Two car loads of us decided to check out Cape Flattery, which is the most northwest point in the continental U.S. The road to the cape parallels the Strait of Juan de Fuca from Clallam Bay to Neah Bay. The strait is a major shipping channel and separates the U.S. from Canada, which you can see in the distance.
The cape is located on the Makah Indian Reservation which requires a $10 pass to stay in the parking lot. A smart way to make some money. This is just a shot along the road to Neah Bay.
There is a boardwalk that the tribe built to keep everyone out of the mud, since it does rain here a lot, about 100 inches a year. This is a view looking south just before the actual end of the earth, at least our part of it.
You are now standing at the point looking south. Not the best pic, too much light.
At land’s end, viewing Tatoosh Island. Neah Bay and Tatoosh Island are aeronautical and nautical highway markers. When I flew winter weather recon tracks out of McChord AFB out over the Pacific, these two geographic locations were our last land-based reference points. It was nice to actually see the locations in person.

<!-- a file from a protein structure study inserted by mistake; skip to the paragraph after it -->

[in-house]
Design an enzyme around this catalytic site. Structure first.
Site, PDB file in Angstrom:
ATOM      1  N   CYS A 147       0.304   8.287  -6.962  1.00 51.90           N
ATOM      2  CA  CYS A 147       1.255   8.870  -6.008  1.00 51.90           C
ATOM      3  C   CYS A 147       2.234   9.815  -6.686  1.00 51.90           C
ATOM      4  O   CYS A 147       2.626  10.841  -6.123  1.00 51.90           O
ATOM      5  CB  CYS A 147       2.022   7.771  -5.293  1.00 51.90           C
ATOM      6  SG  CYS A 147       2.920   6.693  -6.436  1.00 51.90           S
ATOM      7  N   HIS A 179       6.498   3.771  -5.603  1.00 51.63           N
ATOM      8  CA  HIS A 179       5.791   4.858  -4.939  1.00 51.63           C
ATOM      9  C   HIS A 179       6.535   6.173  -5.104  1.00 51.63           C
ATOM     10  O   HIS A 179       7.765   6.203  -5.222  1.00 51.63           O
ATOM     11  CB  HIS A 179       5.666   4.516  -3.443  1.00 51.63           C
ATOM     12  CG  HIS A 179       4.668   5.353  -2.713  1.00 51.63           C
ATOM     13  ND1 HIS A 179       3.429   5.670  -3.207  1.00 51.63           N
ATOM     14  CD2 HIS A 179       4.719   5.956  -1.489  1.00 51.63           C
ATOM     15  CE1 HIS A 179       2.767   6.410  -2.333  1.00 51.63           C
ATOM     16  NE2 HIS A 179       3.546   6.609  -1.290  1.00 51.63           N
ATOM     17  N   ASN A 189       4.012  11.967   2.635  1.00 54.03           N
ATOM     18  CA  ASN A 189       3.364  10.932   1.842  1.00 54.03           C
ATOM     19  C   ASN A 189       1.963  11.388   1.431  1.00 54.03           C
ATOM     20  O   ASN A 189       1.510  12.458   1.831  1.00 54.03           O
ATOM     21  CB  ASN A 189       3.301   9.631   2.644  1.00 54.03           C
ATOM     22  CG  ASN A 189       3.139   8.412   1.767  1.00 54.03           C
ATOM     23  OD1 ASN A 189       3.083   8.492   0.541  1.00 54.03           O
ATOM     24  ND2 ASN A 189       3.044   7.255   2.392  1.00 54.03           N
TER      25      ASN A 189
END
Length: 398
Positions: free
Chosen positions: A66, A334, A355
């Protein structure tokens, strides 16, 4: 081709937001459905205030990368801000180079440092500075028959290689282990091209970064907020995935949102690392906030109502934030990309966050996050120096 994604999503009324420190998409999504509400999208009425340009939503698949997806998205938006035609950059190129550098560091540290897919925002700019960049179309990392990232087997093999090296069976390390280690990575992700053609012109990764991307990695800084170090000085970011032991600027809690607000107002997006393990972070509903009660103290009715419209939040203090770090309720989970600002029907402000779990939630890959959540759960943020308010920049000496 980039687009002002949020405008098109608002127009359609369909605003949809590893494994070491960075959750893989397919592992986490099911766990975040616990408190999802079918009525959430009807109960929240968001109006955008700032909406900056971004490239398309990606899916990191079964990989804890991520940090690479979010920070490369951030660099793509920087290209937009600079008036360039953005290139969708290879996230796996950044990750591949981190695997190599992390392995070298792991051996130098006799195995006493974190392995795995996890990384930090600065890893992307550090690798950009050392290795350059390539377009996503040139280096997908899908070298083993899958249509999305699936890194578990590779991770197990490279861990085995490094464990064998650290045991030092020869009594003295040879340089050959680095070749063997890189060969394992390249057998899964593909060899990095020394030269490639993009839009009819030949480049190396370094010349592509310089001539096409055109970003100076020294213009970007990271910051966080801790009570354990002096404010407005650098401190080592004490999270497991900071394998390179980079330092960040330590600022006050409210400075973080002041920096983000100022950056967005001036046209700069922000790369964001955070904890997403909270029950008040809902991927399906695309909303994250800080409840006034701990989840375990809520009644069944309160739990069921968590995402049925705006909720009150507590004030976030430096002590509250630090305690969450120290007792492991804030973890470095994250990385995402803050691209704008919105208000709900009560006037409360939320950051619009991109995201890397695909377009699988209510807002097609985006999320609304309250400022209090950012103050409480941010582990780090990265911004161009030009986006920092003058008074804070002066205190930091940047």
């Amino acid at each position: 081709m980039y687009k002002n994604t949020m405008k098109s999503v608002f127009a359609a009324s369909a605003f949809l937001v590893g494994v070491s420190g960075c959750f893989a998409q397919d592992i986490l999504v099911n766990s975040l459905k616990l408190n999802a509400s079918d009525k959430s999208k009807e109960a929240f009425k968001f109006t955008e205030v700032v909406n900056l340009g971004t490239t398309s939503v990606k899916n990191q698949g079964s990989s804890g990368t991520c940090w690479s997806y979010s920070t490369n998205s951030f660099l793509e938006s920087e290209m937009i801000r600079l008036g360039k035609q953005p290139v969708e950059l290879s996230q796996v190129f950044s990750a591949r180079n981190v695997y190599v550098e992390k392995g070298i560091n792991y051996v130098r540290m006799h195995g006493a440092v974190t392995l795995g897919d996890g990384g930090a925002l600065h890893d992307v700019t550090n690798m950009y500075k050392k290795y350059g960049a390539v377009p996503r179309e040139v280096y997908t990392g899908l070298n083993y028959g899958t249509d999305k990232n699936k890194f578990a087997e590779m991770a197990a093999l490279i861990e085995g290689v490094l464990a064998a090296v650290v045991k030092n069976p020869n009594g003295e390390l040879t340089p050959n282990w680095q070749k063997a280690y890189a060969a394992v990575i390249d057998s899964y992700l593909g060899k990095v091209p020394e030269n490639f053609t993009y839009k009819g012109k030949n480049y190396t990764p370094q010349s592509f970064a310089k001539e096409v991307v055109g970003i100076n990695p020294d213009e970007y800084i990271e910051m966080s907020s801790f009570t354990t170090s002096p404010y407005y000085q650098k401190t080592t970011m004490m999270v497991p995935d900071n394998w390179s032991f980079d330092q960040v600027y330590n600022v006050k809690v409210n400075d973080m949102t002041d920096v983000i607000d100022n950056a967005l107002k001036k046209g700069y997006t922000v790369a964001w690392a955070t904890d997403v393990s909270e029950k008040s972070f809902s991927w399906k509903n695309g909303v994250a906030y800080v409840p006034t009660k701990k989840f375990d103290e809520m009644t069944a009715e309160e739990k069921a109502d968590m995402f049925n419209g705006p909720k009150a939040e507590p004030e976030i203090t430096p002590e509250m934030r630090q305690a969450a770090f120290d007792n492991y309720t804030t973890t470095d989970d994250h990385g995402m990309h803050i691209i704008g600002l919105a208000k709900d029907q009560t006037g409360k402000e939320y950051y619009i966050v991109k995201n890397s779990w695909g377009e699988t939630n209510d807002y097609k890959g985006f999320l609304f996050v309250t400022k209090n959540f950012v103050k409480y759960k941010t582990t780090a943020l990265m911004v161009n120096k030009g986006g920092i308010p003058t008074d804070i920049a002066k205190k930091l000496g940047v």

There is an automated light house on the island, and I believe a very small Coast Guard station. It is closed to the public.
Just to the right of Tatoosh, this small rock and several sea lions.
This is looking north toward Canada.
A cruise ship on its way back to Seattle. This was shot at max zoom and in the fog.
Looking at giant feet.
Debbie and Kim…inches from the edge of a 150 foot cliff.
Yikes, I need a shave!
After leaving Cape Flattery we tried the hike to Souchee Beach which was not far down the road. We traversed this unique cantilever bridge. I can not remember if I have ever seen one of these before in all of my hiking.